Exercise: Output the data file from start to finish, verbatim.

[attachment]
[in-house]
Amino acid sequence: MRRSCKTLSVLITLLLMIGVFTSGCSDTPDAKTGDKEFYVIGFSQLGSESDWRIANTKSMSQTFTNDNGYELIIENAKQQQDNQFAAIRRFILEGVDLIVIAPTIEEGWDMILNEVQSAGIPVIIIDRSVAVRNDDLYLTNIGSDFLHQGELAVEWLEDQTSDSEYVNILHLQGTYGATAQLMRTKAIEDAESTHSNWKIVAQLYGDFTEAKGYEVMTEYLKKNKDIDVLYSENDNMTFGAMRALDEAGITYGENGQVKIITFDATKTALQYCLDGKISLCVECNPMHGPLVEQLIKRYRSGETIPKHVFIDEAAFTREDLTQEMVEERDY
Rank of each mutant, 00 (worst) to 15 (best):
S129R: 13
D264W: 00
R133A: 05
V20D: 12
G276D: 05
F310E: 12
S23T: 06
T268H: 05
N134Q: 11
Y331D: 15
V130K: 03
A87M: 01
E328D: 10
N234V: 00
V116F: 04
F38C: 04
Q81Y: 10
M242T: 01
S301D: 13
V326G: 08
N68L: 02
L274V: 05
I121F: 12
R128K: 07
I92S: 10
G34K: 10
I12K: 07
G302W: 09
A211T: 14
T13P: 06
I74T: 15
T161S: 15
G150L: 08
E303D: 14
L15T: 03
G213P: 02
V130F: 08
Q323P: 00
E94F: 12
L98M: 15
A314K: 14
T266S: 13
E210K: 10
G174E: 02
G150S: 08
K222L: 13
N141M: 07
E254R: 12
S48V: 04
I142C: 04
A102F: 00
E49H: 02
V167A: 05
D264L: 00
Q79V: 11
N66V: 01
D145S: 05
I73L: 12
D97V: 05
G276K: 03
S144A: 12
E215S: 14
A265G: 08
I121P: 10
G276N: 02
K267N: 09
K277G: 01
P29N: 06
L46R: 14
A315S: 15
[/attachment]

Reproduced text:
[in-house]
Amino acid sequence: MRRSCKTLSVLITLLLMIGVFTSGCSDTPDAKTGDKEFYVIGFSQLGSESDWRIANTKSMSQTFTNDNGYELIIENAKQQQDNQFAAIRRFILEGVDLIVIAPTIEEGWDMILNEVQSAGIPVIIIDRSVAVRNDDLYLTNIGSDFLHQGELAVEWLEDQTSDSEYVNILHLQGTYGATAQLMRTKAIEDAESTHSNWKIVAQLYGDFTEAKGYEVMTEYLKKNKDIDVLYSENDNMTFGAMRALDEAGITYGENGQVKIITFDATKTALQYCLDGKISLCVECNPMHGPLVEQLIKRYRSGETIPKHVFIDEAAFTREDLTQEMVEERDY
Rank of each mutant, 00 (worst) to 15 (best):
S129R: 13
D264W: 00
R133A: 05
V20D: 12
G276D: 05
F310E: 12
S23T: 06
T268H: 05
N134Q: 11
Y331D: 15
V130K: 03
A87M: 01
E328D: 10
N234V: 00
V116F: 04
F38C: 04
Q81Y: 10
M242T: 01
S301D: 13
V326G: 08
N68L: 02
L274V: 05
I121F: 12
R128K: 07
I92S: 10
G34K: 10
I12K: 07
G302W: 09
A211T: 14
T13P: 06
I74T: 15
T161S: 15
G150L: 08
E303D: 14
L15T: 03
G213P: 02
V130F: 08
Q323P: 00
E94F: 12
L98M: 15
A314K: 14
T266S: 13
E210K: 10
G174E: 02
G150S: 08
K222L: 13
N141M: 07
E254R: 12
S48V: 04
I142C: 04
A102F: 00
E49H: 02
V167A: 05
D264L: 00
Q79V: 11
N66V: 01
D145S: 05
I73L: 12
D97V: 05
G276K: 03
S144A: 12
E215S: 14
A265G: 08
I121P: 10
G276N: 02
K267N: 09
K277G: 01
P29N: 06
L46R: 14
A315S: 15